Neighborhood Transformations!

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Last week Danielle DiLeo Kim of Locus Partners and I sat down for a conversation with two members of this year’s PGDG class, Karen Rohrer and Joyce Smith. We chose to speak to Karen and Joyce as a pair since these women are each leading positive changes within their own Philadelphia neighborhoods. Karen is a co-founder and co-pastor at Beacon, a faith community and shared neighborhood space in Kensington. Joyce is a co-founder and Community Development Coordinator for the Viola Street Resident Association (VSRA) of in East Parkside. We heard about their goals and what drives them to champion priorities for the communities in which they live. Karen and Joyce also shared their challenges and strategies for adjusting their sails when necessary to keep the positive momentum going.

Karen and Joyce share a “calling” to represent the unheard voices within their communities who share the goal of making their neighborhoods great places to live. Beacon and the Viola Street Residents Association were each formed because neighbors identified the value of a place that already existed. Karen explained that Beacon formed as a “start-up” in 2011 to revitalize the existing, dwindling congregation and to provide creative secular programing as well as worship to the transitioning neighborhood. Joyce’s East Parkside neighborhood struggles with vacancies and absent property owners. Long-term residents hold strong to positive aspects of each neighborhood that are worth protecting and strengthening. These two PGDG members work in creative ways to amplify that message and convince others to recognize the value as well.

At Beacon, Karen offers a place for community members to tell their own stories, and to hear the stories of their neighbors who may have a totally different experience. In particular, Beacon strives to engage the children of the neighborhood and provide a positive community and safe space in their lives.  Beacon offers art and writing studios with drop-in hours to encourage young people to share their stories. As the children grow up, the learned skills of supporting one another will be repeated on a larger scale.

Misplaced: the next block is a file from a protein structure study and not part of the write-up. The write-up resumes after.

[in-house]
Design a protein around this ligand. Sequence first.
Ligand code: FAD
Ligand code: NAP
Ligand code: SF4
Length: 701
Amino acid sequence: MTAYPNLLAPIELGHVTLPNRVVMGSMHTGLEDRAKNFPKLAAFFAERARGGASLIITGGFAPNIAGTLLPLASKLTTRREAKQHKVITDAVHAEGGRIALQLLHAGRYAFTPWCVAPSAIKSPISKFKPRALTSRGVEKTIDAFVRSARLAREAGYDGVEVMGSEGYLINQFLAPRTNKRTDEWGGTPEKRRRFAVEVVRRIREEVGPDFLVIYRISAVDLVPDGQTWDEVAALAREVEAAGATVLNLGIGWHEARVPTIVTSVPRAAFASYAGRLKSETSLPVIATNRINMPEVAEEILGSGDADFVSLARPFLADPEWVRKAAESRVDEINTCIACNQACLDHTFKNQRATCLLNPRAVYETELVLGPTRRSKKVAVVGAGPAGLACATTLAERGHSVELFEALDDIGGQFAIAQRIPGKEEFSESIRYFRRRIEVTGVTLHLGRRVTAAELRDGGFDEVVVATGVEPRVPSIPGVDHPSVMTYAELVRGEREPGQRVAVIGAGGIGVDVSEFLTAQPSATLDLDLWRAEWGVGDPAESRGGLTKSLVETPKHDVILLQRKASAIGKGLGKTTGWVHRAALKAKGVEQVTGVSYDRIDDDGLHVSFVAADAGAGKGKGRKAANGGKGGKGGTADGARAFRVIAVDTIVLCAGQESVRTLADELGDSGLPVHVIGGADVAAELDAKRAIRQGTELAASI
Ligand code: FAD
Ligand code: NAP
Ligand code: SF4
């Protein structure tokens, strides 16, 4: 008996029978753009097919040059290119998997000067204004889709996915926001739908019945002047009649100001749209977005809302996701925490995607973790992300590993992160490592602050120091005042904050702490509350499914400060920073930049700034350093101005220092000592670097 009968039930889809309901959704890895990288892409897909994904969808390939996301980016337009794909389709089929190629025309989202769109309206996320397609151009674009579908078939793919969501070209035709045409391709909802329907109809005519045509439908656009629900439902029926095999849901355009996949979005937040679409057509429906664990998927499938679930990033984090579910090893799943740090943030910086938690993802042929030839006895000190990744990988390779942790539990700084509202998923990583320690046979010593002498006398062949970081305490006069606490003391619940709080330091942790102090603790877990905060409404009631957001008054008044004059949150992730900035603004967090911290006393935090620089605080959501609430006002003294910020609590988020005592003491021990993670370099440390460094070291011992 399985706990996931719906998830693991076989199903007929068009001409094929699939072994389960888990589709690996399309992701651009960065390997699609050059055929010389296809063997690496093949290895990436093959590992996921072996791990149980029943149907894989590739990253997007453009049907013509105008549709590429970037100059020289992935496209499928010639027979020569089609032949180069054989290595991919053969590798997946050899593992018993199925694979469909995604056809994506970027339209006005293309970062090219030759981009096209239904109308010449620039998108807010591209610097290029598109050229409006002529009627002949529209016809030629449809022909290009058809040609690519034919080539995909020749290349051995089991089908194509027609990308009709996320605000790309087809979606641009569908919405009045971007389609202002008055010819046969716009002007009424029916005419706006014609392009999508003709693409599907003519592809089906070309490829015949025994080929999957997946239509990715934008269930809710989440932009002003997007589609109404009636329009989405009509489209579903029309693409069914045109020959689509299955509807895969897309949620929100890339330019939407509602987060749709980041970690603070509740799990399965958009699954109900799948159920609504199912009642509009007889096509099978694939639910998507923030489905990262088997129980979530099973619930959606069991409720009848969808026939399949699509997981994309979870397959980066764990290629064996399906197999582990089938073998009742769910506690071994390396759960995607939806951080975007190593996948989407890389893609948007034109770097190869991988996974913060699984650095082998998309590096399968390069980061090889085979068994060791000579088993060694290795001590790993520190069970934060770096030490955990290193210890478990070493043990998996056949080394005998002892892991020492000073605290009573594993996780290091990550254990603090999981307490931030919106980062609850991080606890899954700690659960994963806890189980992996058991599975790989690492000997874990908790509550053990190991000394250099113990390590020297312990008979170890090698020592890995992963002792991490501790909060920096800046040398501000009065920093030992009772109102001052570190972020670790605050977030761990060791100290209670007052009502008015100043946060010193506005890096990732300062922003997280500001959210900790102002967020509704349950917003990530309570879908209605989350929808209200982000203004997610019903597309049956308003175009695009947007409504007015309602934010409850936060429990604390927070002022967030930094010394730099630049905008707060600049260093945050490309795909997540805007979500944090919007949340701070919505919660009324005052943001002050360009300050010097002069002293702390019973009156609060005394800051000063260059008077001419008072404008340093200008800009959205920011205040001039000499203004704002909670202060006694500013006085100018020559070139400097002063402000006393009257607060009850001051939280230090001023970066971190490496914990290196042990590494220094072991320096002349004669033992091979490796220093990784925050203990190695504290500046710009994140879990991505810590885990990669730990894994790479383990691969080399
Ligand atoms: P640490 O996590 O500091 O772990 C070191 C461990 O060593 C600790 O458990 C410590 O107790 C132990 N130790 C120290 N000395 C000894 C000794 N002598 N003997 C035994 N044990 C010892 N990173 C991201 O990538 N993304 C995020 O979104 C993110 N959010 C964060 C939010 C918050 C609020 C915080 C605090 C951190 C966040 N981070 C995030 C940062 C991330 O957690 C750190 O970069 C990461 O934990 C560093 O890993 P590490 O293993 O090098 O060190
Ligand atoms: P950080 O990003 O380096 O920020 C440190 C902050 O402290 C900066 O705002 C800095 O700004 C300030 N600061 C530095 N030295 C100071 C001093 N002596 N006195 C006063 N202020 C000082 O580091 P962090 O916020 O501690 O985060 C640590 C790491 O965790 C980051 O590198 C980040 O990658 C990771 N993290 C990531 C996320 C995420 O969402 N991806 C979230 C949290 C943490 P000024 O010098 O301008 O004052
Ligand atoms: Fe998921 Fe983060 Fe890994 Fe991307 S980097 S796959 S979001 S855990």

The Viola Street Residents Association works to preserve and improve the neighborhood for both the long-time residents and future generations. Joyce acknowledged that changes may be imminent, so residents are working to solidify their vision for the neighborhood so they can be active participants in that change. Joyce and the VSRA worked with the Community Design Collaborative to create a resident-driven neighborhood improvement plan, “Project Reclaim,” that was approved by the City of Philadelphia Planning Commission. Joyce spearheads the effort to seek partnerships that will make the plan a reality.

Both PGDG women spoke about the challenges of communication and perceptions. East Parkside has been considered a less than desirable place to live; for Joyce, this is a negative identity that must be overcome. With many vacant properties, the first impression of Viola Street may be one of neglect. She answers the question of “why move to East Parkside?” by improving her own block to affect a ripple of change into the surrounding blocks. "I am committed to helping to create a sustainable, equitable development plan in East Parkside so we can preserve housing for indigenous residents while supporting an economically diverse neighborhood. So, long term affordability is the end goal and not just a transitional phase in an appreciating neighborhood. "

In Karen’s neighborhood, the communication challenge is inviting people to connect with each other and build a broader community. Her mission at Beacon is to create a safe space for people to share their stories, listen to others, and empathize. The changing demographic of residents brings with it the unknown, and a natural hesitation to trust. Given this, sometimes it is harder to perceive the commonalities among spiritual and human needs and aspirations. To forge connections and mutual understanding, Karen makes it a practice to be present with children and adults, to help navigate the latest challenges, and to participate in the trust and empathy she seeks to share with the broader community.

Karen and Joyce are both relative newcomers to the neighborhoods for which they advocate, each having lived there for less than ten years. To credit their own strengths in communication, they have each been entrusted in this short time to advocate and represent their neighborhoods’ interests. Joyce’s natural curiosity is one of her secrets for getting things done. She asks questions and seeks information until she finds the right people who have the answers. Karen listens to others and moves conversations beyond where they started. Her strategy is to allow people to be vulnerable and then provide an avenue for them to support one another.

Karen summed up what she and Joyce do best: invite the people in, communicate there, and then move outwards. We are inspired by their efforts to improve Philadelphia, one neighborhood at a time. Philly Girls Do Good!

—Kate Rutledge